Our Patron Saint Thérèse of Lisieux
Saint Thérèse of Lisieux (born Marie Françoise-Thérèse Martin; January 2, 1873 – September 30, 1897) was a Roman Catholic French Discalced Carmelite nun widely venerated in modern times. She is popularly known as “The Little Flower of Jesus” or simply “The Little Flower”. Thérèse has been a highly influential model of sanctity for Catholics and for others because of the “simplicity and practicality of her approach to the spiritual life”. She is one of the most popular saints in the history of the church.
Thérèse felt an early call to religious life, and overcoming various obstacles, in 1888 at the early age of 15, she became a nun and joined two of her elder sisters in cloistered Carmelite community of Lisieux, Normandy. After nine years as a Carmelite religious, having fulfilled various offices such as sacristan and assistant to the novice mistress, and having spent her last eighteen months in Carmel in a night of faith, she died of tuberculosis at the age of 24. Her feast day is on October 1. Thérèse is well known throughout the world, with the Basilica of Lisieux being the second largest place of pilgrimage in France after Lourdes.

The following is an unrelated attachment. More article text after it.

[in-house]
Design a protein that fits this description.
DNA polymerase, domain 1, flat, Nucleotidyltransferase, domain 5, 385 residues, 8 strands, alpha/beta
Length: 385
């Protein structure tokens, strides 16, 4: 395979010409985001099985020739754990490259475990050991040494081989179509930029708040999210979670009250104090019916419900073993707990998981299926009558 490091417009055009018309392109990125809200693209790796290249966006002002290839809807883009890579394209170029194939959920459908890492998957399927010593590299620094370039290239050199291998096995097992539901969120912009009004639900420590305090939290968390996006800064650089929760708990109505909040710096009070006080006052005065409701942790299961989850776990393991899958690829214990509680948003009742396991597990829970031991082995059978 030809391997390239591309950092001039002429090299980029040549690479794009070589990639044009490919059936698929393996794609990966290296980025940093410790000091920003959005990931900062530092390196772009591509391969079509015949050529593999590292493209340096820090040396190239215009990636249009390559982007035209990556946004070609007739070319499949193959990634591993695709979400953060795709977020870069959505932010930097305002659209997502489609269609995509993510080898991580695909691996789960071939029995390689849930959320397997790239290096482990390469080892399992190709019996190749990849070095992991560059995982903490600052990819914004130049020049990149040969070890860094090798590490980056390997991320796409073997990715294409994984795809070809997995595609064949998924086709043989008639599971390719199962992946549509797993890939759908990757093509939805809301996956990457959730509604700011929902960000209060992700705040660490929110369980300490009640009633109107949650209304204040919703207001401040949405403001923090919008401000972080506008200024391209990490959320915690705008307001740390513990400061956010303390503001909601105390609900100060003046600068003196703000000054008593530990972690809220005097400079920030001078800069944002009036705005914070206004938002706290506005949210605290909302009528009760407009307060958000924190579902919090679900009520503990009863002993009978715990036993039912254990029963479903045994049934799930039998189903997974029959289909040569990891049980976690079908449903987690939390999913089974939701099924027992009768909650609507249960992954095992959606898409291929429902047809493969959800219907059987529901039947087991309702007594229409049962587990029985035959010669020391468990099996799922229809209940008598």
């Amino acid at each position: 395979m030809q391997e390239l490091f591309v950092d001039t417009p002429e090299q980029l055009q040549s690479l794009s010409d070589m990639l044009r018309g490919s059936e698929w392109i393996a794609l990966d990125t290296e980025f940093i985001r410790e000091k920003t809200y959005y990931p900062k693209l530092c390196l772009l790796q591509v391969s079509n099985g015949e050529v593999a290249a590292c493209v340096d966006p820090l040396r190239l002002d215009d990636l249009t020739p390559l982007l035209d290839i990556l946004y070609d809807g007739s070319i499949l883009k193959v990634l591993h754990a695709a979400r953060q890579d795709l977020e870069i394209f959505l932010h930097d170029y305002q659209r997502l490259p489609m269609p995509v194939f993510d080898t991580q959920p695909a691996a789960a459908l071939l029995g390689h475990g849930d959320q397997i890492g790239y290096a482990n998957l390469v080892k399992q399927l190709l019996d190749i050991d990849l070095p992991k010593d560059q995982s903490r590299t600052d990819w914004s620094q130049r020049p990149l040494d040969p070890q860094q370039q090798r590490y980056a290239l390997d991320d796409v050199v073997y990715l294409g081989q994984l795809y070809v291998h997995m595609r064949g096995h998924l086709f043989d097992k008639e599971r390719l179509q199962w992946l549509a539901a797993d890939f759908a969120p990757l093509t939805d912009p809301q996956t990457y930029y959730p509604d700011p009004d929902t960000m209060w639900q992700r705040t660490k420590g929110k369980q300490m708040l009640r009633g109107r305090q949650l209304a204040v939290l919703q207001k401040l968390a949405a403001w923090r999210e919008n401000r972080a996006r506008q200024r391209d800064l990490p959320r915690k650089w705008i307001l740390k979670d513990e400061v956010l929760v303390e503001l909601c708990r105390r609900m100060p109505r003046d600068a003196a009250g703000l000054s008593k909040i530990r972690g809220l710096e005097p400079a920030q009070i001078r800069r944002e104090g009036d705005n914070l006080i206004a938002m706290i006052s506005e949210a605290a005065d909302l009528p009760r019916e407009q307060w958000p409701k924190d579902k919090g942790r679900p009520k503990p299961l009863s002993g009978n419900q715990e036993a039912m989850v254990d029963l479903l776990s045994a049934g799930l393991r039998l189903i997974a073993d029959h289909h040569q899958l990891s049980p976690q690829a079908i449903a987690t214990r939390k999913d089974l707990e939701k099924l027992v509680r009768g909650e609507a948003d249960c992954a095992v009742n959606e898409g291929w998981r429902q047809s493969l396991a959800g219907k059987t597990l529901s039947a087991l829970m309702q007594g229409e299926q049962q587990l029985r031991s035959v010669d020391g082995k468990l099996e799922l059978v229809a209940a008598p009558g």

To learn more about Saint Thérèse of Lisieux “The Little Flower” please click on this link: http://www.littleflower.org/
Mary Helen MacKillop RSJ
Mary Helen MacKillop RSJ (15 January 1842 – 8 August 1909), now formally known as St Mary of the Cross MacKillop, was an Australian nun who has been declared a saint by the Catholic Church. Of Scottish descent, she was born in Melbourne, but was best known for her activities in South Australia. Together with the Reverend Julian Tenison Woods, she founded the Sisters of St Joseph of the Sacred Heart (the Josephites), a congregation of religious sisters that established a number of schools and welfare institutions throughout Australasia, with an emphasis on education for the rural poor.
With the process to have MacKillop declared a saint having begun in the 1920s, she was beatified in January 1995 by Pope John Paul II. Pope Benedict XVI prayed at her tomb during his visit to Sydney for World Youth Day 2008 and, in December 2009, approved the Catholic Church’s recognition of a second miracle attributed to her intercession.She was canonised on 17 October 2010, during a public ceremony in St Peter’s Square at the Vatican. She is the first and only Australian to be recognised by the Catholic Church as a saint.
If you wish to find out more about Sister Mary Mackillop please click on this link: http://www.marymackillop.org.au/